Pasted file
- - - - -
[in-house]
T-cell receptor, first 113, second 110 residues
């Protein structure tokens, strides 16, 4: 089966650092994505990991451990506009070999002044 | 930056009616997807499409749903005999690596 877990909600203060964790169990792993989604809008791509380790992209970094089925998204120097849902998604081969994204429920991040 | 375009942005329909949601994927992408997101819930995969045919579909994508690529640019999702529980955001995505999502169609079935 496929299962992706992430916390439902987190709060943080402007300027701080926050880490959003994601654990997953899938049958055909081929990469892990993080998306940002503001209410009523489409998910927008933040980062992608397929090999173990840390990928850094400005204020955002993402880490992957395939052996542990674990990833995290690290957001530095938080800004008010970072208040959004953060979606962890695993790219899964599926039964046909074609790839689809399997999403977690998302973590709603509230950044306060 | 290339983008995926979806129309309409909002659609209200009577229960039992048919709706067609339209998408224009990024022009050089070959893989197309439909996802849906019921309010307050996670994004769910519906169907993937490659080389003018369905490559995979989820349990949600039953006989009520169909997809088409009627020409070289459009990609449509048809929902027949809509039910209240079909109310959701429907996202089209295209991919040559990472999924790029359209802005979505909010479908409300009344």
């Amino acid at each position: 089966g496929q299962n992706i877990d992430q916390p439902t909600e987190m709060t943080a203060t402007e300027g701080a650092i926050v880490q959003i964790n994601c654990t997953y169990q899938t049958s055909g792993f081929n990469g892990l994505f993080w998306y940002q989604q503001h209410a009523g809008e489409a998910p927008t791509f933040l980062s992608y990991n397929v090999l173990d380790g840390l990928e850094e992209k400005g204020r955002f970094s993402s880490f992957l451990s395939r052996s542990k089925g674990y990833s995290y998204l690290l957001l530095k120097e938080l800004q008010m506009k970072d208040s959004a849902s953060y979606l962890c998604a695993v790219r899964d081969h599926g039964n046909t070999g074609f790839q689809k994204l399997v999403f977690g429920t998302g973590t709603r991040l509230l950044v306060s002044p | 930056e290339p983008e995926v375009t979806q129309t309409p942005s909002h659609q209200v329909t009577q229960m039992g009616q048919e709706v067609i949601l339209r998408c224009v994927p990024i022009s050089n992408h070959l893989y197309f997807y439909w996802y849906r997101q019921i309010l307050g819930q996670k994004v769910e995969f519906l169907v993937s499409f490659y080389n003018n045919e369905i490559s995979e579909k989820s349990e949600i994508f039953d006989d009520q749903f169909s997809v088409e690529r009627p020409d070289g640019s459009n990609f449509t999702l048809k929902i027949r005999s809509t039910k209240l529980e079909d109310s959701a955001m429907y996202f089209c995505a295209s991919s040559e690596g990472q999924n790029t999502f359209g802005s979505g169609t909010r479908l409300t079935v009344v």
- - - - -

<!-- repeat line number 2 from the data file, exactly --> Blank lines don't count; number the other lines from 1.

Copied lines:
T-cell receptor, first 113, second 110 residues